Beth Hudson knows just how crucial blood products can be after a trauma. She credits the 64 units of blood, platelets and plasma she received – and the generous donors who gave them – with helping her fight the odds.
Four years ago this month – on June 29, 2017 – Beth and her husband, Jay, were on motorcycles returning from a weekend getaway. About a half mile from their house, Jay took a shortcut to open the garage for his wife. Beth, a new rider, never made it home.
“My husband heard the sirens, realized that I wasn’t home, put two and two together,” said Beth. “He jumped in the car, drove down and came upon the accident – and me. That was very difficult for him.”
Beth had collided head-on with an SUV. The impact was devastating. Her wounds were serious; she was struggling to breathe; and she had lost a lot of blood.
The mother of two was flown to the hospital. There, doctors struggled to control internal bleeding, and Beth was given blood, platelet and plasma transfusions. After her first surgery, doctors gave her a 5-10% chance at living. Beth fought those odds.
She spent two months in intensive care, the first month in a semi-coma. Beth underwent 33 surgeries, had one of her legs amputated below the knee and received 64 units of blood.
“If one less person hadn’t given me those 64 units of blood, I might not be here,” she said.
It’s now been four years since her accident – and a few years since the amputation. Beth had to give up teaching – a career she loved for more than 36 years, but she’s staying active. Beth has a prosthetic that allows her to hike, bike, swim and sit-ski. She also works with other amputees and volunteers for the American Red Cross.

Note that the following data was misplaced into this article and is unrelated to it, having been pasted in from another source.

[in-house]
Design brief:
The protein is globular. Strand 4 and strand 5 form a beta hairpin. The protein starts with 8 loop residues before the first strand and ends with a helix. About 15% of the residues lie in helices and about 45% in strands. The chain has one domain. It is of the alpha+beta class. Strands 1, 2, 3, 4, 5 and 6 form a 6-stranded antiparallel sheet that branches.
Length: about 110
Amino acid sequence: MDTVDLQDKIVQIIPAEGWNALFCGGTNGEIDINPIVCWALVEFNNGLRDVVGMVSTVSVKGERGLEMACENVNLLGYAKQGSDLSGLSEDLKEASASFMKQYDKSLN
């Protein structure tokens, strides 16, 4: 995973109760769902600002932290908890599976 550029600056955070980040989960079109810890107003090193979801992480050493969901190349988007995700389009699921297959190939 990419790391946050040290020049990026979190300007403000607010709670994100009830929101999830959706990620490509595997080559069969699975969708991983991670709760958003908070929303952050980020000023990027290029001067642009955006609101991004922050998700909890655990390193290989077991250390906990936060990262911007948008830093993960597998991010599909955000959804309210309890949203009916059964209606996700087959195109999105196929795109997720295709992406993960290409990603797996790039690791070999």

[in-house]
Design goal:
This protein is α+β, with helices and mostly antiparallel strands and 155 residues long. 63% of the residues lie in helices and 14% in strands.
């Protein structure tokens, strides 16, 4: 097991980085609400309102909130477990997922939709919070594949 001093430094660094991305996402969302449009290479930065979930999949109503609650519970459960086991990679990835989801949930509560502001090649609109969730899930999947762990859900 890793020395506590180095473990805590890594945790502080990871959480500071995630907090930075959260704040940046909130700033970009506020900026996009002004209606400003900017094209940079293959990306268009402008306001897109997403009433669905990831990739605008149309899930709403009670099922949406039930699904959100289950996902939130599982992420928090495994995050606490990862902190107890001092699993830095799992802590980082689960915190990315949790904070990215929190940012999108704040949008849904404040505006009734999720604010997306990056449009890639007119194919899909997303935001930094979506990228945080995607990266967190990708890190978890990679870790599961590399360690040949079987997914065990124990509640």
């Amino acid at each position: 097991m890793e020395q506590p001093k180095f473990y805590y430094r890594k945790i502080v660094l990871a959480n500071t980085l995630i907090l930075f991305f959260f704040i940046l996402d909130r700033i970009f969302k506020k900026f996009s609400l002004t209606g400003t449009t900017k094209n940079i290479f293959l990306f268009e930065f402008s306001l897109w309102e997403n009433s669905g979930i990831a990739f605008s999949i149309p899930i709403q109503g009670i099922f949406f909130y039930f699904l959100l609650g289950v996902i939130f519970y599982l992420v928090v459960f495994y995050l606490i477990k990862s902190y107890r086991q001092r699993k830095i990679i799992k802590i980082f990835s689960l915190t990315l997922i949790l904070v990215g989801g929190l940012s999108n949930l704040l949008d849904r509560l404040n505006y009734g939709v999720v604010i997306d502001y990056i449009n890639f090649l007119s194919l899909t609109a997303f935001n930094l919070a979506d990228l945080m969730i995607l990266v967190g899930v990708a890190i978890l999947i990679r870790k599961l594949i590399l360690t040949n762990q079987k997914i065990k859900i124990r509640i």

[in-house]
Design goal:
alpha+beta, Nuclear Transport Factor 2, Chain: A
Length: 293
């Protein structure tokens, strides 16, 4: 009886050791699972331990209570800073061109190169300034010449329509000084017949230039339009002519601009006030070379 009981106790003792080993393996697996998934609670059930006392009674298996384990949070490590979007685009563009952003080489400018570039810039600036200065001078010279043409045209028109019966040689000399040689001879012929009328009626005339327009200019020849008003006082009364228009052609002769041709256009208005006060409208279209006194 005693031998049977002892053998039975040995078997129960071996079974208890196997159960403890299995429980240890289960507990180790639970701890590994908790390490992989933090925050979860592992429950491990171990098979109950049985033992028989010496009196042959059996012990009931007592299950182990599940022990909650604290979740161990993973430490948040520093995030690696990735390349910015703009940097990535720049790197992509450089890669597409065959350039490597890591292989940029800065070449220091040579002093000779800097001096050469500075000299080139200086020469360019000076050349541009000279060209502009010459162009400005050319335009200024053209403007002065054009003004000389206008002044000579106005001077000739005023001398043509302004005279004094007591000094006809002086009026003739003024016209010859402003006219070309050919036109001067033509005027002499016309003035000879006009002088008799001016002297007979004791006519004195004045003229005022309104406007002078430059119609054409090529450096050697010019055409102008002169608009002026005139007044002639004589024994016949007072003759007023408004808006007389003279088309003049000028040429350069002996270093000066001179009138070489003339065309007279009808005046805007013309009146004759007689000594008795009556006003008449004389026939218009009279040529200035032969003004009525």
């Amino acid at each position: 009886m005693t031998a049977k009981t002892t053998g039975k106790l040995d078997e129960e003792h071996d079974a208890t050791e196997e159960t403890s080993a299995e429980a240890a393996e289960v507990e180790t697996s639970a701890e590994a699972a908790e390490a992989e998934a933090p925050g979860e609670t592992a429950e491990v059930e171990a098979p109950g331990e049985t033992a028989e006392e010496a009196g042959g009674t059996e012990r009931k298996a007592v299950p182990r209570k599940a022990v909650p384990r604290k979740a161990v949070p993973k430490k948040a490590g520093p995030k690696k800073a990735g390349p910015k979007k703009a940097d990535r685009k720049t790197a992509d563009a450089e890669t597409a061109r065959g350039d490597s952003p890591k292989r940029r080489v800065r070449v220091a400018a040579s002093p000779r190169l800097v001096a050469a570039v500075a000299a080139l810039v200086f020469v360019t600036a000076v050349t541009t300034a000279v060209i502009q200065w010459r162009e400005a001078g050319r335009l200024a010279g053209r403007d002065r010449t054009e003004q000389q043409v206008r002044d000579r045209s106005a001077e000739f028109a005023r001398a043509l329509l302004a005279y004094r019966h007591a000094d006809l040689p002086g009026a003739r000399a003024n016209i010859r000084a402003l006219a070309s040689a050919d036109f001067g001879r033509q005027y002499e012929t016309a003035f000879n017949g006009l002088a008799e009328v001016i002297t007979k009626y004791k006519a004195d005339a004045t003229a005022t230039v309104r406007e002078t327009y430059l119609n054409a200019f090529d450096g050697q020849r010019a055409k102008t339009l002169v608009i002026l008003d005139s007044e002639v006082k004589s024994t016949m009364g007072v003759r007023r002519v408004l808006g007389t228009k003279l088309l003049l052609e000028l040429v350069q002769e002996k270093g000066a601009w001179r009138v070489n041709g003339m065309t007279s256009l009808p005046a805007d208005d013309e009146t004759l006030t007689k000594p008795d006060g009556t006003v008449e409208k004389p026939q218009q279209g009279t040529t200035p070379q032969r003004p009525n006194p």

Prior to the accident, Beth was a regular blood donor. She hosted her first blood drive in May and now vows to make it an annual event. She wants to replace the blood she used and ensure hospital shelves are stocked for the next trauma victim.
Severe blood shortage
Beth’s story is a real example of the large quantity of blood products patients can need in a trauma situation. And your help is needed now to ensure hospital shelves are stocked and ready for patient emergencies.
Currently, the American Red Cross is experiencing a severe blood shortage as the number of trauma cases, organ transplants and elective surgeries rise – and deplete the nation’s blood inventory. Over the last three months, the Red Cross has distributed about 75,000 blood products more than expected to meet these needs, significantly decreasing our national blood supply.
The Red Cross is working around the clock to meet the extraordinary blood needs of hospitals and patients, but we can’t do it alone. We need you! All blood types are needed, particularly type O, as well as platelets, to help ensure patients get the care they need.
Please schedule an appointment to give blood or platelets as soon as possible. You can make an appointment by using the free Red Cross Blood Donor App, visiting RedCrossBlood.org or calling 1-800-RED CROSS (1-800-733-2767).